TV ‘cord-cutting’ in Canada slows in 2017

Wednesday, March 14th, 2018
Boon Dog Professional Services logo

TV ‘cord-cutting’ in Canada bucks the trend, slows in 2017 compared to the previous year

OTTAWA — Canada’s publicly traded television service providers[1] combined lost almost 20% fewer TV subscribers in 2017 compared to 2016, bucking the trend of accelerating TV cord-cutting in recent years, according to new research from Ottawa-based research and consulting firm Boon Dog Professional Services Inc. However, Boon Dog predicts this is just a temporary positive turn in what is likely to be a long and winding road of permanent TV subscriber declines in the future.

The big TV service providers combined lost an estimated 166,000* TV subscribers in their respective 2017 fiscal years, down from an estimated 205,000* lost in the previous year.

“The significant turnaround in TV subscriber performance at Shaw Cable mostly in the first half of the year as a result of the launch of its BlueSky TV service based on Comcast’s X1 IPTV platform is almost entirely behind the improved cord-cutting numbers for 2017,” says Boon Dog Partner Mario Mota. “However, Shaw’s improved subscriber performance was not consistent throughout the year as it lost more subscribers in its fourth quarter than it did in the same period a year earlier, and it still lost subscribers overall in its fiscal year. This is consistent with Comcast’s own experience with its X1 platform. While its launch initially provided a boost in TV subscriber performance—an increase in subscribers of 103,000 in 2016, its first in 10 years—the bubble burst in 2017 as it lost 186,000 TV subscribers. Given what we’ve seen to date, we believe the X1 platform will not be an elixir for cord-cutting in Canada.”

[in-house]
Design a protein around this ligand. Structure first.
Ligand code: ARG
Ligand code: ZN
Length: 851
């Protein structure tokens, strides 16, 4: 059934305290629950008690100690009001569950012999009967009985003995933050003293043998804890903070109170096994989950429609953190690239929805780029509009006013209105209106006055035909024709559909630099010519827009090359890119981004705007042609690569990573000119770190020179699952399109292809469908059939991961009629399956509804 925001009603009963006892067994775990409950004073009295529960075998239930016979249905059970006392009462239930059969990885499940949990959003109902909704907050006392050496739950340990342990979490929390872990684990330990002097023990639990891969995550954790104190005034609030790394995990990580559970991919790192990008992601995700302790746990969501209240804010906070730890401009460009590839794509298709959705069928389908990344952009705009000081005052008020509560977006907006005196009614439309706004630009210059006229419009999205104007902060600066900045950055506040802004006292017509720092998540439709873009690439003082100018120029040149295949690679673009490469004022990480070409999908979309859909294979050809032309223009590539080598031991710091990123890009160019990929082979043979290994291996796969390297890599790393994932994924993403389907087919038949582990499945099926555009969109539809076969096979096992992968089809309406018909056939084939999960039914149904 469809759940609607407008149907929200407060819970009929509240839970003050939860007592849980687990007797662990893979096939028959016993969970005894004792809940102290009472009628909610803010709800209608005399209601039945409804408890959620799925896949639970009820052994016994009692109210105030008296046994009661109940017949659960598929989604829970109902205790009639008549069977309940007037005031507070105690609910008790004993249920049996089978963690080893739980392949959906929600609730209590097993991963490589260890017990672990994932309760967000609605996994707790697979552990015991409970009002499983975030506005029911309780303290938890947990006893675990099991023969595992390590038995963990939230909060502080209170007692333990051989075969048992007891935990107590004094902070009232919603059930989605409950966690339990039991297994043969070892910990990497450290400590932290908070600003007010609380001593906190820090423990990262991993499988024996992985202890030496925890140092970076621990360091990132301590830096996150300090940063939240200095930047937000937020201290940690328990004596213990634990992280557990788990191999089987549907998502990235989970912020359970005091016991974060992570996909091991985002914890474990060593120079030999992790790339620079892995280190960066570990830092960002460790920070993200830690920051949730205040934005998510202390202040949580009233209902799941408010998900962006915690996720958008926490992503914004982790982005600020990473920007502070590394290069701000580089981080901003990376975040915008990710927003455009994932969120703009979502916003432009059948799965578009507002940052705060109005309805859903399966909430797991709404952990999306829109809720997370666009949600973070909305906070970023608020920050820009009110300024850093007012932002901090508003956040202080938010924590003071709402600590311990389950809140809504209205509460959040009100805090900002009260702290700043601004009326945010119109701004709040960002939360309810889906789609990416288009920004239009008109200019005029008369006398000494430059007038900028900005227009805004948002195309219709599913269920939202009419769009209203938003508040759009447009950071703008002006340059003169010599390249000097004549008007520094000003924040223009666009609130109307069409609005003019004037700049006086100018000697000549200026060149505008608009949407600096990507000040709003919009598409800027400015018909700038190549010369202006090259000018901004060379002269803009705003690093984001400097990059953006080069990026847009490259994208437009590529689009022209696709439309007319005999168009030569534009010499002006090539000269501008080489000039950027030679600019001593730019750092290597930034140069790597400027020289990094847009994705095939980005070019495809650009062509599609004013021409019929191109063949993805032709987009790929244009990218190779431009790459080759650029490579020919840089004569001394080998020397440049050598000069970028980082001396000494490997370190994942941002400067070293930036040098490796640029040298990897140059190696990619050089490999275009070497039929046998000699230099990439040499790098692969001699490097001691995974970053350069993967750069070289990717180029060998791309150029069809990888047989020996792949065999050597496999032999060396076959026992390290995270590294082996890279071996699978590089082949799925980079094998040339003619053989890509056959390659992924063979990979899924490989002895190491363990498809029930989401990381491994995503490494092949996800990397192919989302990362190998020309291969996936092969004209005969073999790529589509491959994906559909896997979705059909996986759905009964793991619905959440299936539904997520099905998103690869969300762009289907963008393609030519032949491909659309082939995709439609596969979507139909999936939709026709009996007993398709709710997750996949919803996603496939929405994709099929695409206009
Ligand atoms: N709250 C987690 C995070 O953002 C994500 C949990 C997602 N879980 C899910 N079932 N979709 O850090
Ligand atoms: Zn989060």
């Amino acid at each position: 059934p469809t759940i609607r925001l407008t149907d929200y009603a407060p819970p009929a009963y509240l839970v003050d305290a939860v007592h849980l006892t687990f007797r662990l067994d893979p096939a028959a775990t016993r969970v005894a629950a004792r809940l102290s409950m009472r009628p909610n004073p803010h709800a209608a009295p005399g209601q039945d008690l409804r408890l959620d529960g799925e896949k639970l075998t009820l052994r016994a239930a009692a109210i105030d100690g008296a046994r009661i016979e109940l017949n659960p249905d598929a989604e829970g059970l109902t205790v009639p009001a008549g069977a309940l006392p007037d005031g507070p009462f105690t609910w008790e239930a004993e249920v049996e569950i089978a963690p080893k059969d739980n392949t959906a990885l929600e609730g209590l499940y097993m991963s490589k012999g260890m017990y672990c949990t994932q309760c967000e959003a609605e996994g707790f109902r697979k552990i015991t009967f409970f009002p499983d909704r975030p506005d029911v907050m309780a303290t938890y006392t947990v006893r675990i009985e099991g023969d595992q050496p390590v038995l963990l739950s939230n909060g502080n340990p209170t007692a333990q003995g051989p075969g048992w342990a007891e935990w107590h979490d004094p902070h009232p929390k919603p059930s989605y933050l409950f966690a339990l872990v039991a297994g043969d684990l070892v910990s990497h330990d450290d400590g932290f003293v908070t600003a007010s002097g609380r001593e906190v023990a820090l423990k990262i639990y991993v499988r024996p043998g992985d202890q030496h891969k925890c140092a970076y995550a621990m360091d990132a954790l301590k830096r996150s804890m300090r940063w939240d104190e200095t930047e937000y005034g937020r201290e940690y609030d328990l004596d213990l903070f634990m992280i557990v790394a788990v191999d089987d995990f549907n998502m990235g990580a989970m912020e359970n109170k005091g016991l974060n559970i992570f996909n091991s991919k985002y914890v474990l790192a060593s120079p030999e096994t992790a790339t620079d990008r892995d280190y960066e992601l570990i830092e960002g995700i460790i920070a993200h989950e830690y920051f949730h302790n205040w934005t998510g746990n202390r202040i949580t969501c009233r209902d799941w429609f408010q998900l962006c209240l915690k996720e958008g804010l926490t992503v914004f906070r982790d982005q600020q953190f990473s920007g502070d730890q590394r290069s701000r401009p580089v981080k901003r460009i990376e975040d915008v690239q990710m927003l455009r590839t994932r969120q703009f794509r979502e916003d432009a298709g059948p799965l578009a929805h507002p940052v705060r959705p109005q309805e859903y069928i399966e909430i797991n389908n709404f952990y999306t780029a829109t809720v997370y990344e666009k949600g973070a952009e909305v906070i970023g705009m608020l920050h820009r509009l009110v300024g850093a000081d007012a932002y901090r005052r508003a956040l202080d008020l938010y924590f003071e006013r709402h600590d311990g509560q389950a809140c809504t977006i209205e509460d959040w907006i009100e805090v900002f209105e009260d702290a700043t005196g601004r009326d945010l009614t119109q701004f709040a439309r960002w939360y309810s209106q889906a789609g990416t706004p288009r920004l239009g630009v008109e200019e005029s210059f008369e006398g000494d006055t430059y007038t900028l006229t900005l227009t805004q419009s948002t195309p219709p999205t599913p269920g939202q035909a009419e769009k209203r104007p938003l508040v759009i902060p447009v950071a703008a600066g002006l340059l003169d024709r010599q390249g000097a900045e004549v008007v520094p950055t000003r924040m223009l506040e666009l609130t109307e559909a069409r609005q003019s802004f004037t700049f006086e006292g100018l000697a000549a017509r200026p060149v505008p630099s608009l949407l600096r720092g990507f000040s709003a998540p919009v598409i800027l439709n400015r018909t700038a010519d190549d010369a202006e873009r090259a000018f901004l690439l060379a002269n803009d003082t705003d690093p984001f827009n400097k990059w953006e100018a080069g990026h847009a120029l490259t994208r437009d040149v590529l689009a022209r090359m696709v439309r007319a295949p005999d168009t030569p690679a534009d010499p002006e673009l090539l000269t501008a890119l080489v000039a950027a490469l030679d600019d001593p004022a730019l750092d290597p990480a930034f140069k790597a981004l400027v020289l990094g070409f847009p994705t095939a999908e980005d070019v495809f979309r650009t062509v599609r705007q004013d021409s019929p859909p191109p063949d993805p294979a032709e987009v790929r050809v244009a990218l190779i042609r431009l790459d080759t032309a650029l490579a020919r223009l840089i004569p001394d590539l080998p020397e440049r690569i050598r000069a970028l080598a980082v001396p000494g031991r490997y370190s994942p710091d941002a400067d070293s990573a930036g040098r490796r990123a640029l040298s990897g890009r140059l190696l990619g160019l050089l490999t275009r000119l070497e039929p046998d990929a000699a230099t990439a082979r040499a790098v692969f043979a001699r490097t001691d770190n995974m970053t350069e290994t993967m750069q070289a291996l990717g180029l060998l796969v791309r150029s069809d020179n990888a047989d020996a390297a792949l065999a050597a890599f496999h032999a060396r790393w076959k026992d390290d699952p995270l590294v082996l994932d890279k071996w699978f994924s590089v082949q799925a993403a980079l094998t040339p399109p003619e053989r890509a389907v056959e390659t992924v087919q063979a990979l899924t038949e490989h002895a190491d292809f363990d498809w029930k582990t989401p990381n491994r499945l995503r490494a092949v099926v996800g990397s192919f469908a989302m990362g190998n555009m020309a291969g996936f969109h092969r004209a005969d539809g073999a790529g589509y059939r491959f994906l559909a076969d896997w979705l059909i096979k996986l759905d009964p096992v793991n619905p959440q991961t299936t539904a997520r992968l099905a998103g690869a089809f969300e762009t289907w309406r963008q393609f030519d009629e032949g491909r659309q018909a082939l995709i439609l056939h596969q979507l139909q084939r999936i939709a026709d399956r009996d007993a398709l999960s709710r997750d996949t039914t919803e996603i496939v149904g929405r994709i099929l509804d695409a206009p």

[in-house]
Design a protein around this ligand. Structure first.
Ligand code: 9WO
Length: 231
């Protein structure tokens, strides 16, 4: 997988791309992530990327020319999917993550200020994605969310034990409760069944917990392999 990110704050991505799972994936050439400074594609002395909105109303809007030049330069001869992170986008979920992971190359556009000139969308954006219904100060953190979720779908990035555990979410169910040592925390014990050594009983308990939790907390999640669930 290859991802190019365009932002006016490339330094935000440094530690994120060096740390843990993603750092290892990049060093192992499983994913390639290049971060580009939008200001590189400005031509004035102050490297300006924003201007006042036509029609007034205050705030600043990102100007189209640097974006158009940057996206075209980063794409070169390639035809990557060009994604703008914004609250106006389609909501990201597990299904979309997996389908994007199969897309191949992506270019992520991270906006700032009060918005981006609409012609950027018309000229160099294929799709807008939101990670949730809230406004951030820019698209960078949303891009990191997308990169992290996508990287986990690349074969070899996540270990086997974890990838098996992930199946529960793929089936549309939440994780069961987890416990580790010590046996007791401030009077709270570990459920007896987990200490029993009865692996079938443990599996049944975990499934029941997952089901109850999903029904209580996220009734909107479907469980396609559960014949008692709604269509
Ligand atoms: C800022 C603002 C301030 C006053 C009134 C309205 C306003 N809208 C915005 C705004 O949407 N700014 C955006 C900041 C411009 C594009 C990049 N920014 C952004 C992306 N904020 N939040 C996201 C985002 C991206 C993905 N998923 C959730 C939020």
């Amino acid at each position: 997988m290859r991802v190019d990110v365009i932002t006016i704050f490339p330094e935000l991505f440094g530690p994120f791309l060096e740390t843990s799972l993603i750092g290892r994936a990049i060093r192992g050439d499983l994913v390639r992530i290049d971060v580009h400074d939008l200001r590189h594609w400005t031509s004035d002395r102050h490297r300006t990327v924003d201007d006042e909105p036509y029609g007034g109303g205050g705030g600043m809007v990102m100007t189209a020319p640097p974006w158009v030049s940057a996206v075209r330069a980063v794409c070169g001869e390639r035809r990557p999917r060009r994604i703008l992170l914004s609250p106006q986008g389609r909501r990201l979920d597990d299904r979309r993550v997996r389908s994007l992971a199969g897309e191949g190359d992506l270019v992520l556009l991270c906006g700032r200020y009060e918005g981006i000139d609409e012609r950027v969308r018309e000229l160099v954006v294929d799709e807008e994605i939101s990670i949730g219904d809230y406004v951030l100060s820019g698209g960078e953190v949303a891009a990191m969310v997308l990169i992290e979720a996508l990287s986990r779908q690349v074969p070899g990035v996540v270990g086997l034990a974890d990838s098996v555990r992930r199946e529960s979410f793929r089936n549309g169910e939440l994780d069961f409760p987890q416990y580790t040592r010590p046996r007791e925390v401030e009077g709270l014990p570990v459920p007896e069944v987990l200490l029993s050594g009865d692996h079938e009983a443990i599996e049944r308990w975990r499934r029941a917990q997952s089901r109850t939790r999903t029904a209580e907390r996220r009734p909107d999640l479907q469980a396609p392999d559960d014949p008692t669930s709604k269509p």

Boon Dog estimates that roughly 11.2 million households subscribed to a traditional TV service at the end of 2017, which means the 166,000 customers lost last year represents about 2% of the total market. However, the traditional TV service providers are losing pace with household growth in the country and therefore TV subscription penetration is declining at a greater level than simply the cord-cutting numbers suggest.

A full analysis of the latest TV subscriber metrics and subscriber forecasts will be published in the next report in Boon Dog’s Canadian Digital TV Market Monitor research series.

[1] BCE, Rogers, Shaw/Shaw Direct, Vidéotron, Cogeco, and TELUS
* Rounded numbers and excluding any acquisitions and divestitures